Type:
text; Dissertation-Reproduction (electronic)
Degree Name:
Ph.D.
Degree Level:
doctoral
Degree Program:
Animal Sciences; Graduate College
Degree Grantor:
University of Arizona
Advisor:
Huber, J. D.

Full metadata record

DC FieldValue Language
dc.language.isoenen_US
dc.titleEffect of grain processing on lactational performance and nutrient utilization in dairy cows.en_US
dc.creatorChen, Kai Hangen_US
dc.contributor.authorChen, Kai Hangen_US
dc.date.issued1994en_US
dc.publisherThe University of Arizona.en_US
dc.rightsCopyright © is held by the author. Digital access to this material is made possible by the University Libraries, University of Arizona. Further transmission, reproduction or presentation (such as public display or performance) of protected items is prohibited except with permission of the author.en_US
dc.description.abstractFour experiments were conducted to determine effects of grain processing on lactational performance and nutrient digestion in lactating cows. In a 70 d trial, twenty-four cows were divided into four groups and fed diets containing 40% grain as dry-rolled sorghum (DRS, 643 g/L, steam-rolled corn (SRC, 500 g/L), steam-flaked sorghum (SFS, 360 g/L), or steam-flaked corn (SFC, 360 g/L). Compared to DRS and SRC, SFC and SFS increased milk yield 10%, milk protein yield 14% and milk fat yield 8%. Efficiency of feed utilization was higher for SFS than for DRS but was unaffected by corn processing. Flaking of both grains increased total tract digestibilities of OM, starch, ADF and NDF. In another 70 d trial, thirty-five cows were allotted to five dietary treatments: 0, 15, 30, or 45% SFS (360 g/L) with 45, 30, 15, or 0% of a mixture of corn, barley, wheat mill run, and beet pulp; or 15% of a thin steam-flaked sorghum (280 g/L) and 30% of the mix. Milk yield, milk protein yield and percent increased linearly with increasing amounts of SFS. When cows fed only 15% SFS, milk yield was higher for the thin than for the medium flake (360 g/L) and similar to that of cows fed 30 or 45% of the medium flake. In the third trial, thirty-six cows were used in a 2 x 2 factorial arrangement of treatments. Diets contained 40% DRS, DRS treated with a "sorghum specific" fungal enzyme, SFS, or SFS treated with enzyme. Compared with DRS, SFS increased milk yield, FCM, FCM/DMI, milk protein yield and starch digestibilities. However, enzyme addition did not affect lactational performance. In a fourth trial, four cannulated cows were used in a 4 x 4 Latin Square design to determine effect of protein degradability and SFS on rumen fermentation and nutrient flow to the duodenum. Treatments were: DRS with soybean meal (SBM), SFS with SBM, SFS with SBM and blood and fish meals, and SFS with SBM and urea. Compared to DRS, SFS increased milk protein percentage, ruminal and total tract digestibilities of starch. Ruminal acetate, propionate and total VFA increased when SFS was combined with more degradable protein sources (SBM or SBM and urea). Flow of microbial and total CP to the duodenum were unaffected by diet.en_US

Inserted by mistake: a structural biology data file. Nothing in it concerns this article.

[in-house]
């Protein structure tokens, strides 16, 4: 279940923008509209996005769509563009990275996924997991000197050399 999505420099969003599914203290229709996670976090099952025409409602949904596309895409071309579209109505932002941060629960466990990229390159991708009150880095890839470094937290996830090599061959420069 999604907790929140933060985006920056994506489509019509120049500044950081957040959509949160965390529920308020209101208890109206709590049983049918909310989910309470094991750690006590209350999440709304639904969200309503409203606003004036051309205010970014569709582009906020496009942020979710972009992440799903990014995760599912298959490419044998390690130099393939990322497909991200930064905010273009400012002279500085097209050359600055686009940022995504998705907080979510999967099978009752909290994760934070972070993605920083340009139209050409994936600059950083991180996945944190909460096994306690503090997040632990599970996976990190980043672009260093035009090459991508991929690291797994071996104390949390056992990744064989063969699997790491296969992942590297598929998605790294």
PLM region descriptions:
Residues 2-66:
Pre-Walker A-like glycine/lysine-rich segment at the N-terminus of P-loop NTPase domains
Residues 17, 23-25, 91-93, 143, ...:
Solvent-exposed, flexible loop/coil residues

dc.typetexten_US
dc.typeDissertation-Reproduction (electronic)en_US
thesis.degree.namePh.D.en_US
thesis.degree.leveldoctoralen_US
thesis.degree.disciplineAnimal Sciencesen_US
thesis.degree.disciplineGraduate Collegeen_US
thesis.degree.grantorUniversity of Arizonaen_US
dc.contributor.advisorHuber, J. D.en_US
dc.contributor.committeememberReid, B. L.en_US
dc.contributor.committeememberArmstrong, Dennis Vernen_US
dc.contributor.committeememberTheurer, C. Brenten_US
dc.identifier.proquest9507006en_US